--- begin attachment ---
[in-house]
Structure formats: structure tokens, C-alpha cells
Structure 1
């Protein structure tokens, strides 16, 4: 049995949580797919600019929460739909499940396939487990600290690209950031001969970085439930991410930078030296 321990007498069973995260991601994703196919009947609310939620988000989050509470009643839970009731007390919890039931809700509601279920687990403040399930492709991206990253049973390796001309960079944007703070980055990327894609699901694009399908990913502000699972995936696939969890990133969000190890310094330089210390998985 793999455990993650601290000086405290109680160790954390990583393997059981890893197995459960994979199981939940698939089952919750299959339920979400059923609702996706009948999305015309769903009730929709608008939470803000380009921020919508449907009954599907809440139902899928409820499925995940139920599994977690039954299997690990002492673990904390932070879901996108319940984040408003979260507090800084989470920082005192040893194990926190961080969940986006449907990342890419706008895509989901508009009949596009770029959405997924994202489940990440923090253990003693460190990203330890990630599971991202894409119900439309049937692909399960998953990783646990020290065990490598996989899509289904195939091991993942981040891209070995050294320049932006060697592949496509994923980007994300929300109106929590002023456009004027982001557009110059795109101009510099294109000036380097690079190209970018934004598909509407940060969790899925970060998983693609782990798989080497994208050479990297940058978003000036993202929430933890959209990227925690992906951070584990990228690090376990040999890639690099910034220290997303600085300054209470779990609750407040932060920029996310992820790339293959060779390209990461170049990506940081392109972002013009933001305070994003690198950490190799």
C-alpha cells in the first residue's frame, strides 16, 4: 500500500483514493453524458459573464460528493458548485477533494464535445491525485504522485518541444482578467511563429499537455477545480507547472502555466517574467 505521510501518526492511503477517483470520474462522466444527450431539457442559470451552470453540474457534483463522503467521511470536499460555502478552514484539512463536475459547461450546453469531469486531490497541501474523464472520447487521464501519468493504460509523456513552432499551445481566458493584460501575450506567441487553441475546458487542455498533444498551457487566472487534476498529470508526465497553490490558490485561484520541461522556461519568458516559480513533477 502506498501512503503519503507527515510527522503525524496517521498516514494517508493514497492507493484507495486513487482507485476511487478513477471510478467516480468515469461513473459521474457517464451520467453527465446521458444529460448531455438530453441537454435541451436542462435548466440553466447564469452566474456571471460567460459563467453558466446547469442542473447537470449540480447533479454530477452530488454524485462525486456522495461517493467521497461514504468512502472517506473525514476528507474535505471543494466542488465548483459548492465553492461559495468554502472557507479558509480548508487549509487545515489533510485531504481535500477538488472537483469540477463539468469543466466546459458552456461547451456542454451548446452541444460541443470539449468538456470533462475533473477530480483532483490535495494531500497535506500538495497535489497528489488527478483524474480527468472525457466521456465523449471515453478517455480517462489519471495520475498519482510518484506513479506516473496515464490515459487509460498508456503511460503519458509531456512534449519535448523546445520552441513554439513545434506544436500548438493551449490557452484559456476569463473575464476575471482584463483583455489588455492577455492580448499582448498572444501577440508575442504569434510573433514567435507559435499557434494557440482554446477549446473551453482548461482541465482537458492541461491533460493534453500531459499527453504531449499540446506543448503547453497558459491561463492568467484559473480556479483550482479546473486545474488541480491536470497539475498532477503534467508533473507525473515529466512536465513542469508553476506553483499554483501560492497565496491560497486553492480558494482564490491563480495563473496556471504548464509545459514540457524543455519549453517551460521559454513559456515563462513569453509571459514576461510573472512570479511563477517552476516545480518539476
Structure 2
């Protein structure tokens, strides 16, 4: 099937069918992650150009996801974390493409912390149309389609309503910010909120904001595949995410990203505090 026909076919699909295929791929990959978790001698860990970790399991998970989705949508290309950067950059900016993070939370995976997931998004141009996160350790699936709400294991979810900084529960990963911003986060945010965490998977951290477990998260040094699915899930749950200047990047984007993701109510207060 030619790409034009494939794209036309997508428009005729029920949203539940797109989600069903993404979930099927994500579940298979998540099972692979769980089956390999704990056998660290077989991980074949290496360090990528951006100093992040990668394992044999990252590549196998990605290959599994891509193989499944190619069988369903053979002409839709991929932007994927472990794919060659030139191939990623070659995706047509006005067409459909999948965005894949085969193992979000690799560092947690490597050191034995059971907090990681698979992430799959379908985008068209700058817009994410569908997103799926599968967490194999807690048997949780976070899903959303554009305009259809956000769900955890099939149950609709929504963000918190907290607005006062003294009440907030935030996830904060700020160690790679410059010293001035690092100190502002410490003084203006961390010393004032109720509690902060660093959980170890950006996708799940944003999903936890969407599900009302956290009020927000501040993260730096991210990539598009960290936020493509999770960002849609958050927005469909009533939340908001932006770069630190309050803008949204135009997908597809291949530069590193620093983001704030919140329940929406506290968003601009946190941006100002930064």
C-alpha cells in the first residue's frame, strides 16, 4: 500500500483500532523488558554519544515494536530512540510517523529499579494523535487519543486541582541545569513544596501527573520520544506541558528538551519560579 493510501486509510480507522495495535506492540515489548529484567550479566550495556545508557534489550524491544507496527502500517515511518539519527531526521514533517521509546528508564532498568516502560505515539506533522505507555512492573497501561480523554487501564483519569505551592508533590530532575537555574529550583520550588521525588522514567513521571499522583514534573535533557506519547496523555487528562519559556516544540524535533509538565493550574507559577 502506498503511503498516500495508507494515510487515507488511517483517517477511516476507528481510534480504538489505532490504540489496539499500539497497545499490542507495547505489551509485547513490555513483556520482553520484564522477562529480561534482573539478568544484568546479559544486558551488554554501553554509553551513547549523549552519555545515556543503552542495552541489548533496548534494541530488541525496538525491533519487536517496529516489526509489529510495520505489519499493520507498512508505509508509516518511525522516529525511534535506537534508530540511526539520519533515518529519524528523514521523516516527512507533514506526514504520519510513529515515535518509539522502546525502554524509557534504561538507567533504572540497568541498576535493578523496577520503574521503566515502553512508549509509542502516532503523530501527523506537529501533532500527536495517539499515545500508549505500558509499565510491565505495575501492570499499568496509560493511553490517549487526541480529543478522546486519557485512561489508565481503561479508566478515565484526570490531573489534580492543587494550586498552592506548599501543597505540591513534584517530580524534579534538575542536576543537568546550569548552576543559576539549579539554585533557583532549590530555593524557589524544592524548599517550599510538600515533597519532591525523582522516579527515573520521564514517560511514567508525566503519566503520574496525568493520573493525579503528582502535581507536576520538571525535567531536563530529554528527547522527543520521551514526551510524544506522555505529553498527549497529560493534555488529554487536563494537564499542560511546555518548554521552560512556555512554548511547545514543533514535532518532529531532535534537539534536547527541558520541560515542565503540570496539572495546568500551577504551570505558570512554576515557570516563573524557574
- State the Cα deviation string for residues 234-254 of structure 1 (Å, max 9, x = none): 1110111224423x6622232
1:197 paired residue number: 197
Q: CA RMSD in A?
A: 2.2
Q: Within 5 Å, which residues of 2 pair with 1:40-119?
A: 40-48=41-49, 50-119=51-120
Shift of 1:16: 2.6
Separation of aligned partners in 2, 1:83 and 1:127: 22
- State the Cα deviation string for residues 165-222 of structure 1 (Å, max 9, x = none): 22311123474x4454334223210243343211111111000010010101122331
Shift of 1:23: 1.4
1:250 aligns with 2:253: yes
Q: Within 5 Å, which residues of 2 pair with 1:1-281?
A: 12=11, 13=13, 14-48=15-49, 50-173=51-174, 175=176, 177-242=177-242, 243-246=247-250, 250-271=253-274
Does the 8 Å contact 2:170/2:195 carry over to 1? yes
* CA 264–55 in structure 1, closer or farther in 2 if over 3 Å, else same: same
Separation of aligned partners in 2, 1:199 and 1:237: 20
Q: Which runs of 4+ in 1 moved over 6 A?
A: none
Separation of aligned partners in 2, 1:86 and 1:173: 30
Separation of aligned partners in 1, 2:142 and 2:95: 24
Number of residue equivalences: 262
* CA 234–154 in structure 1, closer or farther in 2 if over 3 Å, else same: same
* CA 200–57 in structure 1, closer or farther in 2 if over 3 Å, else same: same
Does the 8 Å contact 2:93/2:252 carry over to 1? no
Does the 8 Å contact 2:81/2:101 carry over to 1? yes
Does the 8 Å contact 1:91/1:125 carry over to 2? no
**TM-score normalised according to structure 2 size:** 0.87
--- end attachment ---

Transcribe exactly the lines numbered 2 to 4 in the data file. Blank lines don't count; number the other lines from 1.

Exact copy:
Structure formats: structure tokens, C-alpha cells
Structure 1
């Protein structure tokens, strides 16, 4: 049995949580797919600019929460739909499940396939487990600290690209950031001969970085439930991410930078030296 321990007498069973995260991601994703196919009947609310939620988000989050509470009643839970009731007390919890039931809700509601279920687990403040399930492709991206990253049973390796001309960079944007703070980055990327894609699901694009399908990913502000699972995936696939969890990133969000190890310094330089210390998985 793999455990993650601290000086405290109680160790954390990583393997059981890893197995459960994979199981939940698939089952919750299959339920979400059923609702996706009948999305015309769903009730929709608008939470803000380009921020919508449907009954599907809440139902899928409820499925995940139920599994977690039954299997690990002492673990904390932070879901996108319940984040408003979260507090800084989470920082005192040893194990926190961080969940986006449907990342890419706008895509989901508009009949596009770029959405997924994202489940990440923090253990003693460190990203330890990630599971991202894409119900439309049937692909399960998953990783646990020290065990490598996989899509289904195939091991993942981040891209070995050294320049932006060697592949496509994923980007994300929300109106929590002023456009004027982001557009110059795109101009510099294109000036380097690079190209970018934004598909509407940060969790899925970060998983693609782990798989080497994208050479990297940058978003000036993202929430933890959209990227925690992906951070584990990228690090376990040999890639690099910034220290997303600085300054209470779990609750407040932060920029996310992820790339293959060779390209990461170049990506940081392109972002013009933001305070994003690198950490190799």